Viktor Kozlov Finds Timely Scoring Touch for Washington Capitals
Tuesday, May 12, 2009
PITTSBURGH, May 11 -- The fact that the Washington Capitals extended their season Monday night will be chalked up to David Steckel's goal in overtime, and rightfully so, because it provided a 5-4 victory over the Pittsburgh Penguins, pushing the Eastern Conference semifinals to a decisive Game 7 Wednesday night. But the extended season was exemplified by something much more mundane -- Viktor Kozlov, a 34-year-old Russian, sweating profusely as he pumped his legs on an exercise bike in a cramped corridor under the stands at Mellon Arena.
"I'm very happy," Kozlov said, legs still churning, "to say the least."
Entering this postseason, Kozlov had not scored a goal in the Stanley Cup playoffs despite the fact he had played in the National Hockey League for 14 seasons. He eliminated that problem in the first game of the opening round against the New York Rangers. Still, entering Monday night, Kozlov had not scored in the series against the Penguins. He eliminated that problem, too, helping keep the Capitals alive with two crucial goals, one that tied the game at 1 in the second period, the other that gave Washington a third-period lead.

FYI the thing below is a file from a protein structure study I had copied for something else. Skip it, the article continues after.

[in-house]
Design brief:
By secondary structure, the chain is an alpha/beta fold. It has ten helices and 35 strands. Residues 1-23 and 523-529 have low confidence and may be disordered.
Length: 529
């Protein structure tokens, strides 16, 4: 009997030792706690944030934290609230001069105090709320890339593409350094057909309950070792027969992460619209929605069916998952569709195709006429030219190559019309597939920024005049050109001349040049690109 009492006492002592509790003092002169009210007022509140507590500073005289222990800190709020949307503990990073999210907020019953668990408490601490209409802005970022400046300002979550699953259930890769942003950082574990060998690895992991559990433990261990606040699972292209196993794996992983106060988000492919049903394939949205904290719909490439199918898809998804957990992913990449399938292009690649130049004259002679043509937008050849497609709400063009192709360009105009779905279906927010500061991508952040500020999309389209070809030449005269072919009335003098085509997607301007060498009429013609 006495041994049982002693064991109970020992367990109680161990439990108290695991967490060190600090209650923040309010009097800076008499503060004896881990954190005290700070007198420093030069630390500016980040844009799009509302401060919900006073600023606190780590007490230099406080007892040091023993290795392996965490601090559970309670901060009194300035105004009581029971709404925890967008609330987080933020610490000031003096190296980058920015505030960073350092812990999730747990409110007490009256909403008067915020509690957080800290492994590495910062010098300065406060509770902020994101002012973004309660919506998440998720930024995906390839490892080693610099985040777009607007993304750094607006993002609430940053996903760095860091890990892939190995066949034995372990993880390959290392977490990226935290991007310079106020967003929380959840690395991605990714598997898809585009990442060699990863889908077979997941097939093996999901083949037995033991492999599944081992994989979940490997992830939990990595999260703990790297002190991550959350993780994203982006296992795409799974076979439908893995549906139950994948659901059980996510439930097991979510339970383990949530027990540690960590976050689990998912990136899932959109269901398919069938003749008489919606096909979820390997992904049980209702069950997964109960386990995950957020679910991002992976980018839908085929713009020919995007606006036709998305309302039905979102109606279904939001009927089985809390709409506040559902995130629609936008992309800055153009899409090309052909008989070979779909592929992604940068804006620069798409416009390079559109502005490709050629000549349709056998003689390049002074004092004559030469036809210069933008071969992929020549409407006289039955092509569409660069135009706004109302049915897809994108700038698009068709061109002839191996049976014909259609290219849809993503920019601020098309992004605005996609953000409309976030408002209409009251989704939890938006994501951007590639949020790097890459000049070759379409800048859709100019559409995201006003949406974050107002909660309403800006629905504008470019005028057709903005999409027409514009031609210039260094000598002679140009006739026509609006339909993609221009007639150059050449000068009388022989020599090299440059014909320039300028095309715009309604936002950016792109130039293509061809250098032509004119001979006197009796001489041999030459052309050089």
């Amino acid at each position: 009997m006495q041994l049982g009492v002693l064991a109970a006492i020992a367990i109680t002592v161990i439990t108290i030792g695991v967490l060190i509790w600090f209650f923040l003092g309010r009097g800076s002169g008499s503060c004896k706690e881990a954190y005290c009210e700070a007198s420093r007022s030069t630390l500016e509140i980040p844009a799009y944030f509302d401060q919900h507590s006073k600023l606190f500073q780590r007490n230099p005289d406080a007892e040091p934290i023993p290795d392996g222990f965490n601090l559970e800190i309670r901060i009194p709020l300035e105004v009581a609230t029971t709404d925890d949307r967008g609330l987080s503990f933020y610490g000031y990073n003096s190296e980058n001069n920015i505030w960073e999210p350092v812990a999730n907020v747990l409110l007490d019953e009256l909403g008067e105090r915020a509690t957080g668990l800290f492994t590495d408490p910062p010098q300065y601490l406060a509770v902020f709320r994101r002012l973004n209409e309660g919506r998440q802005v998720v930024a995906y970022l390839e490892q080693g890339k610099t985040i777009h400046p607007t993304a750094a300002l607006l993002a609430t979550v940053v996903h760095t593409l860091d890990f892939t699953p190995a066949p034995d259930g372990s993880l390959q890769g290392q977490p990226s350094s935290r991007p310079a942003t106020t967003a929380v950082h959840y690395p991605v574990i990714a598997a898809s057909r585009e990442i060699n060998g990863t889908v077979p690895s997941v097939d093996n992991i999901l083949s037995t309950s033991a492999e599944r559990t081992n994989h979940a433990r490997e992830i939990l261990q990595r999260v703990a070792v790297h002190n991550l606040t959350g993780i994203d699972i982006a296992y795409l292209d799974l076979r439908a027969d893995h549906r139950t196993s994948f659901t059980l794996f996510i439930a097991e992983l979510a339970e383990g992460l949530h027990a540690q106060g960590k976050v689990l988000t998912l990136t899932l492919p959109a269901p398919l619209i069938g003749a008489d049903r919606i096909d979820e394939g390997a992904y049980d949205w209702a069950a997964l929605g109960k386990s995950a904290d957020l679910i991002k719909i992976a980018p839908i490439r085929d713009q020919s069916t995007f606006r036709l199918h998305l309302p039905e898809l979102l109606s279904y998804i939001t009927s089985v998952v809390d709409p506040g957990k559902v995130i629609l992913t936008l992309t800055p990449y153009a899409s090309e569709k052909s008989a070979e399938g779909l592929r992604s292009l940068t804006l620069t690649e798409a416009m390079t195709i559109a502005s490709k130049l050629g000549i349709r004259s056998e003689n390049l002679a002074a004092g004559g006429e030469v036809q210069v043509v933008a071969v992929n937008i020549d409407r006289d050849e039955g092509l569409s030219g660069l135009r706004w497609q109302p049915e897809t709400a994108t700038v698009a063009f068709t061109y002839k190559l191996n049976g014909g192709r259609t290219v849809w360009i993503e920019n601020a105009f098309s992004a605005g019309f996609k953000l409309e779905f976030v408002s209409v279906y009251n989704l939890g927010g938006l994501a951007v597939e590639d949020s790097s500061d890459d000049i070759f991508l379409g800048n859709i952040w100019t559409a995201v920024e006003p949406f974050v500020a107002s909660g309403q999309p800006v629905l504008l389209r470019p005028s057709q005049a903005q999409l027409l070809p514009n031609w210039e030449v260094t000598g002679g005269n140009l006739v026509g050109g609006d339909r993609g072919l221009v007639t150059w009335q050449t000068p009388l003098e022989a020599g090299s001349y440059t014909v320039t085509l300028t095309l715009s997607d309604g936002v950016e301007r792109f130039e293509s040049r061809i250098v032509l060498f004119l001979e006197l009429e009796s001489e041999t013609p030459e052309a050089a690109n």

In a series dominated -- in both the headlines and on the ice -- by Washington winger Alex Ovechkin and Pittsburgh center Sidney Crosby, Kozlov's Game 6 performance was as unexpected as it was essential. He last scored twice in a game on Dec. 18 against St. Louis. He had only two assists in the Penguins series, both in Game 2, and just four points in 12 playoff games.
"He's a veteran guy," defenseman Mike Green said, "and we needed a veteran to step up and score goals."
If not, they could easily have been eliminated. Kozlov's night, too, did not begin as the Capitals wanted. In a horrid first period in which the Penguins managed 18 shots to just five for the Capitals, Coach Bruce Boudreau watched from the bench, wondering if the third piece of his top line -- joining Ovechkin and center Nicklas Backstrom -- would ever get going.
"I said, 'Jeez, I don't think he has it,' after the first period," Boudreau said. "He mishandled a couple pucks."
In a situation in which the Capitals faced the end of their season, that was unacceptable. Kozlov, a smooth skater who has the skill to be a worthy complement to Washington's top players, merely needed to sneak one in.
"We all wish he would shoot more, because he's got such a great shot," Boudreau said. And nearly six and a half minutes into the second period, Kozlov finally unleashed something worthwhile. With Crosby limping around the ice after having been hit by a shot, Ovechkin found Kozlov just on the edge of the right circle.
"It was just a very good pass, and I just had no other option," Kozlov said, "just to shoot."
The wrister beat Pittsburgh goalie Marc-André Fleury and slipped under the crossbar. Tie game, and a goal by someone other than Ovechkin. That gave the Capitals new reason to hope. And it also may have changed Kozlov.
"Once he scored the [first] one," Boudreau said, "you knew he had a little bit of confidence."